The Story Behind Head Cheese

Ejji has been serving up a new delicious concoction every week – steamed buns. Our latest is the “Head Cheese Bun”, which contains fried head cheese, watermelon kimchi and basil lime caesar dressing.

But here’s a fun fact not many know: head cheese is actually not a kind of cheese. In fact, it’s not even a type of dairy.

What is head cheese?

This ingredient is a delicacy that originated from Europe, dating back to the Middle Ages. It’s traditionally made from chopped and boiled pig’s head meat, which is then formed into a jellied loaf. Often times, it includes pig’s feet, tongue and heart.

It is often referred to in North America as “head cheese.” Many people believe that calling it cheese makes it sound more appetizing, especially to those who squirm at the thought of eating a pig’s head. Other names that it goes by include “brawn,” potted heid,” and “souse.”

Head Cheese in its truest form

How is it made?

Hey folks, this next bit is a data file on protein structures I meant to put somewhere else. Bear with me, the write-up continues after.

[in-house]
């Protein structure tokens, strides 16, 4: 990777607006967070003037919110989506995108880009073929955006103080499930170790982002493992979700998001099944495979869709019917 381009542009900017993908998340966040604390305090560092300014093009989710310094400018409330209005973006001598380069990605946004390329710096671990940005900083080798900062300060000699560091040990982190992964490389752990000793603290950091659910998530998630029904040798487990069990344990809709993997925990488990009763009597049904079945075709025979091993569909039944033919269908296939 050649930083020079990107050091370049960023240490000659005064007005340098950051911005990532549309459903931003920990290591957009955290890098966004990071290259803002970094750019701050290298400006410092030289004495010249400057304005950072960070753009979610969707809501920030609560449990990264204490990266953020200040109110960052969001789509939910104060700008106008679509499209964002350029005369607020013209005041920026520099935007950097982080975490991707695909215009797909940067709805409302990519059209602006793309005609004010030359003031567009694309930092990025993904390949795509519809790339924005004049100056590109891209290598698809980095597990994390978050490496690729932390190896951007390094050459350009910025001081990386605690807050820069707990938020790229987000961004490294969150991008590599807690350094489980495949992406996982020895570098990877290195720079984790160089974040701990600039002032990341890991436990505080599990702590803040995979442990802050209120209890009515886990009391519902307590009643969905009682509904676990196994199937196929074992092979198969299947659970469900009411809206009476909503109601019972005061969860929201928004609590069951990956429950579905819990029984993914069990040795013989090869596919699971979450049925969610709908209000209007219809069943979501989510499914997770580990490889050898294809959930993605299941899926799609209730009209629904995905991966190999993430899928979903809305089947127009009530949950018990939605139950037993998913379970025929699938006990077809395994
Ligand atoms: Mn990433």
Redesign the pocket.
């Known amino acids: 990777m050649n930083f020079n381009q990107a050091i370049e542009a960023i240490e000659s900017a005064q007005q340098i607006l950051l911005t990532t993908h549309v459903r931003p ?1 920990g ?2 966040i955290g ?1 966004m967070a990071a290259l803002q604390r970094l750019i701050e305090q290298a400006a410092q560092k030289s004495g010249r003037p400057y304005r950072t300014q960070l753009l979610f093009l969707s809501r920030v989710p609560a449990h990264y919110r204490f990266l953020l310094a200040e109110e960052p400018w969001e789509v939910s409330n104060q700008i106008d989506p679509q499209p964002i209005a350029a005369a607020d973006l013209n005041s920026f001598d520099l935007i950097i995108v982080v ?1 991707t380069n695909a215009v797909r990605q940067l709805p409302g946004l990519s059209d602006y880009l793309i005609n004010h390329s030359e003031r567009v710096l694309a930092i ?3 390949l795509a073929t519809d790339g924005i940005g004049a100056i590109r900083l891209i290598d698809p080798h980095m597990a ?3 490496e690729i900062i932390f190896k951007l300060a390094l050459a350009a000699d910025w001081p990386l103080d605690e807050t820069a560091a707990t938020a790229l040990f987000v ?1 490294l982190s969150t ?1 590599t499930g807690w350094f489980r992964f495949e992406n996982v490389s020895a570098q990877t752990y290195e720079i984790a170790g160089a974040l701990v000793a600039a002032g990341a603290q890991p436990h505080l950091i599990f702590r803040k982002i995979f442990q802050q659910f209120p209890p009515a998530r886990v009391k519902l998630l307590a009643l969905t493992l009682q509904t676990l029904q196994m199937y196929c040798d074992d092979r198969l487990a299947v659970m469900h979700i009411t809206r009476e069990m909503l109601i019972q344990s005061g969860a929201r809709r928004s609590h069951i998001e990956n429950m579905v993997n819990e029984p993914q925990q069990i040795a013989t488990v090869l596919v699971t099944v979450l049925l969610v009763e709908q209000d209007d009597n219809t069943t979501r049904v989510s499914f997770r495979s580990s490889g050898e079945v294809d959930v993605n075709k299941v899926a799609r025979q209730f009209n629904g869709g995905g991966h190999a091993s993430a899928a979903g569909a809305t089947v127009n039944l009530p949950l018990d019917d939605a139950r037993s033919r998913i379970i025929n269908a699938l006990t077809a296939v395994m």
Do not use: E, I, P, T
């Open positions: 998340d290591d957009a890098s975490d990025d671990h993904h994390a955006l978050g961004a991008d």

The traditional way is by removing all the organs of the pig’s head and cooking the meat leftover. Since the pork head has high collagen content, the meat produces a natural gelatin and binds together as it simmers. This makes the jellied form. However, commercially-made head cheese often has gelatin powder, a product made from pork and beef bones and skin. Commercially-made head cheese also has food coloring to make it pinkish and reddish rather than a grey color.

How is it served?

Depending on the country, head cheese is eaten several different ways. Since it has gelatin, many people serve it cold, substituting it for deli meat in a cold cut sandwich. An easy way to do this is to spread mustard on a slice of bread and add head cheese on top. It can also be added to an artisan cheese and charcuterie plate.

Head Cheese at Ejji

Head Cheese with real cheese!

This ingredient is not prepared the traditional way at Ejji. In fact, it’s the opposite. The head cheese in our steamed buns is deep-fried and warm inside. Once you get past the crunchy texture, you will taste its vibrant porky flavor. Chef Travis likens the experience to eating a stew. Pairing it with the watermelon kimchi adds the perfect acidity and lightness to the dish. Lastly, the basil lime caesar dressing balances and ties up everything together.

As you can see, Ejji is not afraid to use unique and unfamiliar ingredients – especially in our steamed buns. If you’re ready to take your foodie adventure to the next level, make sure you stop by to see what kind of buns we are serving up for the week. You never know what you will find!